Friday, 5 July 2013

Going where you can't

As a volunteer with Alberta Parks, I'm right now allowed into places a Ministerial Order prevents people from going. In this case, it's because I'm working the grizzly bear project. Today, I got to go south of the Wedge Pond closure on Highway 40, down all the way to Peter Lougheed Provincial Park.

Much of this post I put up without photos today on the Kananaskis blog, an excellent site for news and info about Kananaskis.

Highway 40 is closed at Wedge Pond, with a single lane bride over Evans-Thomas creek.
The one lane bridge
The bike bridge is still there. We crossed it in 2011. But so what? It starts in the middle of nowhere, ends nowhere, and the creek currently runs around it, not under it.
The bridge to nowhere
Once past the Wedge Pond roadblock, crews are working hard on the road washouts...
Much work 
Lots of stuff to get rid of

...with the biggest crews (multiple backhoes and dump trucks) working the mess at Grizzly Creek, Ripple Rock Creek and Hood Creek...
That's the new channel of Hood Creek
...where the pavement was removed in numerous places and hundreds of tons of debris hit the road.
Debris on the Road
The road's looking really good, but needs more time. There's also a huge mess spanning from Opal Day Use north to Galatea. Numerous hillsides also slumped and put debris on the road but these have mostly been fixed.

South of Hood Creek all the way to the North Interlakes, the roads are fine. Parks staff is escorting people in and out to get vehicles stranded back there (Boulton Trading Post has ~15 RVs and 5 pickup trucks awaiting retrieval).

So, to the trails: Starting at the Interlakes...
Looking back across Lower Kananaskis Lake
...we walked the Three Isle Lake trail to past Invincible Creek.
The Upper Lake level is surprising low 
Down the Aster Lake Valley
Across the lake to Mt. Sarrail & Foch
The trail's fine until the bridge over Invincible, which is still there, but is under 2' of water, and is now the top of a very pretty waterfall.
The bridge 
Yes, that's the bridge under that
The creek is still roaring, and was probably 100' wide during the peak of the flood.
Bridge approach. Note the sign on the right
There's a very dangerous way to cross the torrent on a log jamb. I did it twice and can't really recommend it.
The mess that is the crossing
Someone else was back there on a bike today. I hope it was a Parks person.
What is that? AND it's locked up!
Headed back down the moonscape of the Palliser slide...

...and went past the Point campground, which looks OK (though we didn't go in). In the forest, we found a boreal toad, who despite being slightly "poisonous", is quite cute.
Cute dude
Crossed the Kananaskis on the still-intact-but-listing bridge at Lower Kananaskis Falls (the river still runs under one end, which I hope won't cause it to wash away).
Bent. Not in a good way, either
The river is still in full flood and has partially eroded the bank with the trail on it. The trail here was under water and shows the effects of that.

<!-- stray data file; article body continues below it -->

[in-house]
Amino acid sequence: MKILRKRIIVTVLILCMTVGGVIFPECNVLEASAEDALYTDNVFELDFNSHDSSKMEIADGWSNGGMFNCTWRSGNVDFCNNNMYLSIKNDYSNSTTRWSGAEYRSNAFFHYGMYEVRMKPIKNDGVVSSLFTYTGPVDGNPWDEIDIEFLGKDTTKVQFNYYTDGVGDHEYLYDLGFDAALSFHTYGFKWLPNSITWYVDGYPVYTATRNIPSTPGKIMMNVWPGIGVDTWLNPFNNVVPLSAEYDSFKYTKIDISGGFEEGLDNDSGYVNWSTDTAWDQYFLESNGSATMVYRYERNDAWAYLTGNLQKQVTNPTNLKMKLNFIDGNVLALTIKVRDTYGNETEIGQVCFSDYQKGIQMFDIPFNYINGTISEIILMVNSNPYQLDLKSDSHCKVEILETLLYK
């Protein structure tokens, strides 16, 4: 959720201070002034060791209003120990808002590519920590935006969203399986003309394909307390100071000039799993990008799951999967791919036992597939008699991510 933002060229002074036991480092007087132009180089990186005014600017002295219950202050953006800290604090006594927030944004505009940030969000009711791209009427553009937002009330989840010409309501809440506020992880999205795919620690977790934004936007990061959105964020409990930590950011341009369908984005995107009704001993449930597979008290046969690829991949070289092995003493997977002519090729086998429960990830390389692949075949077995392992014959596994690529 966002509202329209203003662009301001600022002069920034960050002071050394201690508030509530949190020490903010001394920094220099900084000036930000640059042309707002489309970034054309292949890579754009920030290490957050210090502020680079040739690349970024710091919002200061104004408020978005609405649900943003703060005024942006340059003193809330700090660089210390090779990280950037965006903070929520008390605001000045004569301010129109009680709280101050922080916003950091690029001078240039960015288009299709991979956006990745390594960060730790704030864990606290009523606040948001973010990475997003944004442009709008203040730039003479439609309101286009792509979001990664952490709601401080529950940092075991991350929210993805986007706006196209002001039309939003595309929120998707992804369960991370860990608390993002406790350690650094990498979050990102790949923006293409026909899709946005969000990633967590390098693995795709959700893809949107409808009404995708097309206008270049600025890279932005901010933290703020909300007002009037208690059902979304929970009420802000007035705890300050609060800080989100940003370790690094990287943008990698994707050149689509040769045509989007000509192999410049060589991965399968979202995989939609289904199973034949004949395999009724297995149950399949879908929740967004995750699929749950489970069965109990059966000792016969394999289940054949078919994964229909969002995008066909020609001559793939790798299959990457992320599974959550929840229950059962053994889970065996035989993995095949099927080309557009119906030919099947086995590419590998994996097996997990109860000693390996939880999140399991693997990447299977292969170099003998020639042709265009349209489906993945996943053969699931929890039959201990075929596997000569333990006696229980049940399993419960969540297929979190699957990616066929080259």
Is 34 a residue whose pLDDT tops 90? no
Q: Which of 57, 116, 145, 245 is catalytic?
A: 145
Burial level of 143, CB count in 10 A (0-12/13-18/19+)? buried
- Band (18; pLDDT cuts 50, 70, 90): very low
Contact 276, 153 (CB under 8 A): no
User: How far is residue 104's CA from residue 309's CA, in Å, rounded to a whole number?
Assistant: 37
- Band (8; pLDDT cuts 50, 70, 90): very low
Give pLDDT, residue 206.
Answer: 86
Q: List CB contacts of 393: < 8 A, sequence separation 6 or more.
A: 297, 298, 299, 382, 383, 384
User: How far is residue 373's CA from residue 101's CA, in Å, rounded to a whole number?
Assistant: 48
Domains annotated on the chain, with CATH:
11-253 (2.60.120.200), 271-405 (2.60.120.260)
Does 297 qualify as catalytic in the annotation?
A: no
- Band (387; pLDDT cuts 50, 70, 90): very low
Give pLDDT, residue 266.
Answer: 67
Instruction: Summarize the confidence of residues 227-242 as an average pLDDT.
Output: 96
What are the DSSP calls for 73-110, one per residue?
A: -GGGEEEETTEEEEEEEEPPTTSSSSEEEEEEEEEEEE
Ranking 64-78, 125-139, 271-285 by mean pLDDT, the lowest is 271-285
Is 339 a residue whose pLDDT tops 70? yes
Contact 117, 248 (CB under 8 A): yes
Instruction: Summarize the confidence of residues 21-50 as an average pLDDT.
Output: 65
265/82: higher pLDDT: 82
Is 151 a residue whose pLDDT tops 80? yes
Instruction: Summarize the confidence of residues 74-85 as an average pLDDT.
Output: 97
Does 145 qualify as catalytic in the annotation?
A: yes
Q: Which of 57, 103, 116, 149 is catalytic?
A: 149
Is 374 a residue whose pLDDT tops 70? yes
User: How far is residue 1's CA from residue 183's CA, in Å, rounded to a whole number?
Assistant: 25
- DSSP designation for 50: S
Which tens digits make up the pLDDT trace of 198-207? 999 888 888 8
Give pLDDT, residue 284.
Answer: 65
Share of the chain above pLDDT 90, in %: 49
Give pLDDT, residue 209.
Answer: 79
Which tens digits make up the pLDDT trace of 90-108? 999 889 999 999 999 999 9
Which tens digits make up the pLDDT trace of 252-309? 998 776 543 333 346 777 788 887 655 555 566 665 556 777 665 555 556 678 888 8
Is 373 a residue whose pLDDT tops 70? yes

Mud on the "trail" 
Bank erosion
Lower Kananaskis Falls. Bridge at the top
Wherever it was before, the memorial bench is now stuck in the middle of the river.
Not a good place for a bench
The wildlife seems to like the fact that we're not there. On the trail, saw multiple recent bear scat and tracks...
Poop #1 
Poop #2 
VERY large grizzly footprint
...recent wolf and coyote scat, recent moose tracks and scat. I also saw a moose near the Pocaterra Day Use area, but she would not hold still.
Her back 
Enlarge the picture; there's a face on the right
My time back there today really hammers home that there are parts of the backcountry that are just fine, but the parts that aren't safe are really not safe. I was in a meeting with Parks this past week where they ran through a quick inventory of the damage, and while it's not my place to disclose the discussion in that meeting, it's pretty safe to say that almost all bridges are damaged or gone, and trails in low lying or narrow creek valleys are very badly damaged. Trailheads and parking lots are missing or filled with rock. Creeks are still rivers, and rivers are raging. While some places made it through unscathed, you may not recognize some places when you get there next.

I have spent little time in this area, and had only hiked these trails once, many, many years ago. It's a very cool space that I must come back to.


Dave Durden said...

Thanks for the update. Did you look at the upper kananskis rive bridge? Hope it is still there.

RyderDA said...

Didn't get as far back as the Upper K bridge, so don't know.

Edwin said...

Great update! One a different note; Have you solved the problem with the poluted drinking water by now?

RyderDA said...

Edwin, we shock chlorinated the well three days ago. Have to wait about a week to retest it. Until then, it's more bottled water (though with the amount of chlorine I can smell, I should be able to drink my tap water...)